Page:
Covid jab side-effects 'mild' for at-risk children

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young girl getting a jabImage source, Getty Images

Parents should be reassured the side-effects of the Pfizer-BioNTech vaccine in 12 to 15-year-olds at high risk from Covid are mild and clear up quickly, a small study suggests.

Doctors in Bristol tracked 27 children with neurological conditions for two weeks after their jabs.

They found the children, who had been shielding, had similar side-effects to adults.

High-risk children benefited most from the vaccine, the researchers said.

The study, in Archives of Disease in Childhood, was in response to concerns from parents over the unknown side-effects of the Covid vaccine in their vulnerable children.

But these parents were also hoping the vaccine would make a major difference to their family life after shielding from Covid for so long.

Each parent was asked to record any side-effects they noticed in their child.

All were aged between 12 and 15 and vaccinated in March or April this year, when only small numbers of extremely vulnerable children were being offered a jab.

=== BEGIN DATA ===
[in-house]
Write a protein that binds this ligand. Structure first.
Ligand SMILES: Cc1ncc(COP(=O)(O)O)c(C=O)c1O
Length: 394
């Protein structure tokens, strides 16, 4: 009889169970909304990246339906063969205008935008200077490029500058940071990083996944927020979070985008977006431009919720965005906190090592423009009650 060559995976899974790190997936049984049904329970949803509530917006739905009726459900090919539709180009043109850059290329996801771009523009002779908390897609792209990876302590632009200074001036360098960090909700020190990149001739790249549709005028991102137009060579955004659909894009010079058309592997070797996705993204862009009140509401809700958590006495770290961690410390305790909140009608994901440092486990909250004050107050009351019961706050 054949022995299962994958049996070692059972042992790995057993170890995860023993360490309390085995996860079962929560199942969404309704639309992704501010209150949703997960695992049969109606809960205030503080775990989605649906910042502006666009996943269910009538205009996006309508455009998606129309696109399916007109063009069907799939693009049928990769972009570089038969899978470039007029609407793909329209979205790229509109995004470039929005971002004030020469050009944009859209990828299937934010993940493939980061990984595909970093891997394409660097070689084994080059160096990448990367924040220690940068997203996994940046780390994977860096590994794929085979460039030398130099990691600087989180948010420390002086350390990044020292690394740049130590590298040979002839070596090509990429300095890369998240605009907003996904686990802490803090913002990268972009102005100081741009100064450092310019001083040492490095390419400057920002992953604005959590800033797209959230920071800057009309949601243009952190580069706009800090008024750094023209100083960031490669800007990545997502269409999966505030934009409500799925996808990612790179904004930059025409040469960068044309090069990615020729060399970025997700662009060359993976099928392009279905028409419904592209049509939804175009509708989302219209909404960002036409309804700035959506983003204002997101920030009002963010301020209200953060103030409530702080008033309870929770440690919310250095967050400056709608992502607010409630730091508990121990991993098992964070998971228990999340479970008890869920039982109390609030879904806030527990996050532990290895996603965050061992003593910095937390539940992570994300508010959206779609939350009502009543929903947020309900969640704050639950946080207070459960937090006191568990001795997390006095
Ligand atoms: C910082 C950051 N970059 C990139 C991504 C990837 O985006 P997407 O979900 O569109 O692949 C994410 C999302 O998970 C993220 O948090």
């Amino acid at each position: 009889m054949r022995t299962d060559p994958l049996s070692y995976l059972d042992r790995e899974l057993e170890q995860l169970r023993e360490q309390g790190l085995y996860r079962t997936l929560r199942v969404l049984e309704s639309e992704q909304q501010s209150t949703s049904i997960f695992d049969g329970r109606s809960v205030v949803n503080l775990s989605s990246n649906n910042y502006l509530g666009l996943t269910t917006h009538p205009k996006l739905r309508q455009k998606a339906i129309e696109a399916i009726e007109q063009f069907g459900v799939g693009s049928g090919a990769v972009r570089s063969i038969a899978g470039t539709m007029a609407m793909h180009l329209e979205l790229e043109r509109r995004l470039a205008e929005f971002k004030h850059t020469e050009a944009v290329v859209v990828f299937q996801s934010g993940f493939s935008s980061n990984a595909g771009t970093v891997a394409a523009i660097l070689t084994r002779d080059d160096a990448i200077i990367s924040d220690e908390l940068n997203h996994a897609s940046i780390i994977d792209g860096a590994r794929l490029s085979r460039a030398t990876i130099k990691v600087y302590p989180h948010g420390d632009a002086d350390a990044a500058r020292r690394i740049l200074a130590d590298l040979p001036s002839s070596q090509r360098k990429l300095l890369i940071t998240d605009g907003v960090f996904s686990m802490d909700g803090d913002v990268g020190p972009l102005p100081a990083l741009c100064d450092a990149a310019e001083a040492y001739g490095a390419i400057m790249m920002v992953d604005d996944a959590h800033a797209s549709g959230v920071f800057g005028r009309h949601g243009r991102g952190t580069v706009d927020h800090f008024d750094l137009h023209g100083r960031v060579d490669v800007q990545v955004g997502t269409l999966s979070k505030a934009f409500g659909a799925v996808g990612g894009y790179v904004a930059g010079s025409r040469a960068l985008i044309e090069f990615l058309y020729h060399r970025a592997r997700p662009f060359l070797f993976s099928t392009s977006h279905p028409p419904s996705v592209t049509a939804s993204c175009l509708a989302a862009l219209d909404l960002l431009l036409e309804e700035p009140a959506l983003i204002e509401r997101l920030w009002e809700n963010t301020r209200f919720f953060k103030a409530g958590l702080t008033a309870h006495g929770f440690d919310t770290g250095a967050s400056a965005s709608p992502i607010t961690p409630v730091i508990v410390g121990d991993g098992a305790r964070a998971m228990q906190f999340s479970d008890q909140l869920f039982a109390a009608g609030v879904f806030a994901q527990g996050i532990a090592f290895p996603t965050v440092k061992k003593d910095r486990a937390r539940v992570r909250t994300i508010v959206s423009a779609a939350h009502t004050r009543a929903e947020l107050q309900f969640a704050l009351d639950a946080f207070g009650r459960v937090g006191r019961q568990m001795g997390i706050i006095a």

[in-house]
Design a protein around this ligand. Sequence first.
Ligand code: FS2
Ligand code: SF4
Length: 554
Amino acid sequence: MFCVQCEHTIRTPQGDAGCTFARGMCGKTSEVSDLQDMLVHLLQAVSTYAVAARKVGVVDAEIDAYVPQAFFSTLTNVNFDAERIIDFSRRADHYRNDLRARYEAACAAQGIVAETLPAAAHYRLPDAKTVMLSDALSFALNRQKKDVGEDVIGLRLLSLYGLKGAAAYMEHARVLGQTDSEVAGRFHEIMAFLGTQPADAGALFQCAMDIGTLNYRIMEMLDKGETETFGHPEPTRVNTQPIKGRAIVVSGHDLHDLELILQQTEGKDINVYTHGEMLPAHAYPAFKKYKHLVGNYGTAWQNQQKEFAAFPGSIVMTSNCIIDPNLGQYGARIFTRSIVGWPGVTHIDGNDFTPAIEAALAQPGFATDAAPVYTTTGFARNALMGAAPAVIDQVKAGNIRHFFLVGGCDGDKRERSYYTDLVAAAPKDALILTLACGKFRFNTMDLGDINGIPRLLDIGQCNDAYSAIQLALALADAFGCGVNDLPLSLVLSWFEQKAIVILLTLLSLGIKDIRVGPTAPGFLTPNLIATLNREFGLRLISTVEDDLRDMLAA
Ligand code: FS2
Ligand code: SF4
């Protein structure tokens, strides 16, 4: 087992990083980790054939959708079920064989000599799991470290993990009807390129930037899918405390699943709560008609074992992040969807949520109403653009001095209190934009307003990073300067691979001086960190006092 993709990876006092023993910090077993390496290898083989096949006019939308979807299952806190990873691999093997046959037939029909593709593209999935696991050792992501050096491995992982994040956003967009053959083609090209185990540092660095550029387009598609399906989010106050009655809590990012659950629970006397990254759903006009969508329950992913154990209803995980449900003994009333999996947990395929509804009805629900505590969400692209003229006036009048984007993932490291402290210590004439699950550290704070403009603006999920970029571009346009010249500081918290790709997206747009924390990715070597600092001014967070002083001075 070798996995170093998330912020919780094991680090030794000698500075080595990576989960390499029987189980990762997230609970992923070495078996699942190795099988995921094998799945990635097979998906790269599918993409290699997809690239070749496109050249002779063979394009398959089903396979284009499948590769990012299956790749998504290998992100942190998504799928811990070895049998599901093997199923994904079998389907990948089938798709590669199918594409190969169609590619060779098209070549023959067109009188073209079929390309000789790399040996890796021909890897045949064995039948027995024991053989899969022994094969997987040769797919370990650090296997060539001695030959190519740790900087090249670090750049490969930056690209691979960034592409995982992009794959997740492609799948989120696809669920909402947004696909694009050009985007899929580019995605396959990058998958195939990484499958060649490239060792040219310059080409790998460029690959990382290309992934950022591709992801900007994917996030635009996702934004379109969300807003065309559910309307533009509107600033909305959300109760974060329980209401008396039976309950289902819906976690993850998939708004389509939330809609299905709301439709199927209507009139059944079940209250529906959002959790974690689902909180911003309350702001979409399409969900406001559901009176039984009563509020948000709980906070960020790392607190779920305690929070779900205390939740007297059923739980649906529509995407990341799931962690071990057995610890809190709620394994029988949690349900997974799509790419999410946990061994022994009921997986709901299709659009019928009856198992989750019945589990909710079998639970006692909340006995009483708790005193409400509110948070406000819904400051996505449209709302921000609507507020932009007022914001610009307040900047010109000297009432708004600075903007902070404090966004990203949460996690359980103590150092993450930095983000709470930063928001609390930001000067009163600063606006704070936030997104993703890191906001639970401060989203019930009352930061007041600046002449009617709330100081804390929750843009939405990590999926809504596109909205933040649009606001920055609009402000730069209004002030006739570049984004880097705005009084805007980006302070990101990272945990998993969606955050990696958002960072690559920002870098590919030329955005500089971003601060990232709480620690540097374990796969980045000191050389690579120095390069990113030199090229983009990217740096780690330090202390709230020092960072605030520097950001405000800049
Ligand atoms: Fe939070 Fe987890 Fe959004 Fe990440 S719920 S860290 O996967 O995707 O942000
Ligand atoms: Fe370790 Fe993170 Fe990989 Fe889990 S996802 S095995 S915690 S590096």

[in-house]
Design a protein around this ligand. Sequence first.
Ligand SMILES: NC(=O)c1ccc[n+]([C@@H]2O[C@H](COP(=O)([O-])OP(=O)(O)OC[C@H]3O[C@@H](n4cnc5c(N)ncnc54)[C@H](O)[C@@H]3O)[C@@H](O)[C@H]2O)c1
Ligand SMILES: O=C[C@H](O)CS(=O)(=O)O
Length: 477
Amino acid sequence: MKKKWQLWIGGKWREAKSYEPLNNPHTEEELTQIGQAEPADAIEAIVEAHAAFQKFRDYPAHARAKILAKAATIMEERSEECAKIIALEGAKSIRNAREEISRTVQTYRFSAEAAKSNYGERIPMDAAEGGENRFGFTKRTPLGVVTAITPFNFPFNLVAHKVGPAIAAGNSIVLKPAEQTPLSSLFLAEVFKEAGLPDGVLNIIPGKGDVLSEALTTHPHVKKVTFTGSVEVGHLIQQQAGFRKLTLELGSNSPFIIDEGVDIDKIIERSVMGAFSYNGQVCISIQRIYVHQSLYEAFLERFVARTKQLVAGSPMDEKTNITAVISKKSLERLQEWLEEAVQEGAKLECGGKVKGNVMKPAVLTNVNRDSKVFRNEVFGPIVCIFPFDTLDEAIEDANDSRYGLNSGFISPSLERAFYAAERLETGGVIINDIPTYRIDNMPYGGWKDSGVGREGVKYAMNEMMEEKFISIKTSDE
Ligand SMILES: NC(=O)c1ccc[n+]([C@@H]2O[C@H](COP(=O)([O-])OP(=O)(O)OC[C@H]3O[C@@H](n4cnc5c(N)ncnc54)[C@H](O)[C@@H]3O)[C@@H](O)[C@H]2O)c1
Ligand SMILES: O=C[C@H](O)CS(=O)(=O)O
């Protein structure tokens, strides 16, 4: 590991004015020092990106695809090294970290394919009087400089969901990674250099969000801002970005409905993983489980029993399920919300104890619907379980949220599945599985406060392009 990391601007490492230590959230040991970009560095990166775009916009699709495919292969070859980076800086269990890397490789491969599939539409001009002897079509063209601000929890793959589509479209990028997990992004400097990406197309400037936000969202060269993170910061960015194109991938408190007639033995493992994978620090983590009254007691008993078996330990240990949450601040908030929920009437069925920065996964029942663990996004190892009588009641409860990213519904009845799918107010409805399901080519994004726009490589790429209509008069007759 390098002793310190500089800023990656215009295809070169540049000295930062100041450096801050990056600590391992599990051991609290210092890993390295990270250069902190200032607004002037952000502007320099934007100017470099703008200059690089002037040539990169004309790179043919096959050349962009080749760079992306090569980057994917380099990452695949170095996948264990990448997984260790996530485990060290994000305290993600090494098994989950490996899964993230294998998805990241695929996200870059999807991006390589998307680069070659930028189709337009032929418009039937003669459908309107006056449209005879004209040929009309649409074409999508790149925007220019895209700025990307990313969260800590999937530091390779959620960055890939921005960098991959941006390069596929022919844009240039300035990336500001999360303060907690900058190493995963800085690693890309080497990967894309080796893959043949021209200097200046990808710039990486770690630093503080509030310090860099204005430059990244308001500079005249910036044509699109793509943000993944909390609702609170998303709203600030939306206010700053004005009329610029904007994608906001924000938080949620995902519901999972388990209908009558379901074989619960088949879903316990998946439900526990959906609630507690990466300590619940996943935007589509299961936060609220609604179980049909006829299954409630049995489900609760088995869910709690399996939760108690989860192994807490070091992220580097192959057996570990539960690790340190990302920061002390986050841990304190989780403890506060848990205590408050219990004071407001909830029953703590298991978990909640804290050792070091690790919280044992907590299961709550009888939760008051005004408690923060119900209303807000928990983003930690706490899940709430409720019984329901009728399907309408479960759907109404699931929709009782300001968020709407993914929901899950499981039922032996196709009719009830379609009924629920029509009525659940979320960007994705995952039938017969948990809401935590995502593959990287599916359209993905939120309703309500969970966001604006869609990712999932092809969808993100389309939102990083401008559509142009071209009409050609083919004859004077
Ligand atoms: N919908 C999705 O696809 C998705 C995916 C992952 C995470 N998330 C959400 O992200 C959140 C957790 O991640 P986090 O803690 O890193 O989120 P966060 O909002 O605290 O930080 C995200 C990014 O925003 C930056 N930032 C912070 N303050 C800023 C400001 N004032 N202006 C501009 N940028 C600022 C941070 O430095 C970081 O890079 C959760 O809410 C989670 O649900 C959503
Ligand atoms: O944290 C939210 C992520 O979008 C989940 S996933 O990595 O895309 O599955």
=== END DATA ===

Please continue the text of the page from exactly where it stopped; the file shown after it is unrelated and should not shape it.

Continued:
The children had various conditions affecting the brain or nervous system, including cerebral palsy and muscular dystrophy.

They also tended to have other conditions such as epilepsy, heart defects and problems with their immune system.

Severe fatigue

The most common symptoms after the first dose included a mild rash, headache, diarrhoea, neck pain and possible sore throat, which had all gone within 72 hours.

After the second, five children experienced some of the following symptoms - vomiting, armpit swelling, diarrhoea and blisters around the mouth.

One child in the study experienced severe fatigue and discomfort and became more agitated than normal.

And the family of another child, who had epilepsy, reported a rise in the frequency of seizures.

All side-effects had cleared up within a week, the study said.

Neurological conditions

Dr Tom Hilliard, a respiratory paediatrician from Bristol Children's Hospital, who led the study, said there would now be many families with children with less severe health conditions who would be wondering whether to have the vaccine "and this should reassure them".

"Even among children with severe neurological conditions, the Pfizer vaccine does not make side-effects any more common," he said.

And although the study had tracked the children for a fortnight only, he was not aware of any other problems developing since.

Children eligible for a Covid vaccine in the UK include 12- to 15-year-olds, with:

  • a severe neurodisability
  • Down's syndrome
  • a severely weakened immune system, including some children with cancer
  • profound and multiple learning difficulties

Children aged 12 to 17 can be vaccinated if they live with somebody with a weak immune system.

And all 16- and 17-year-olds have now been offered a vaccine.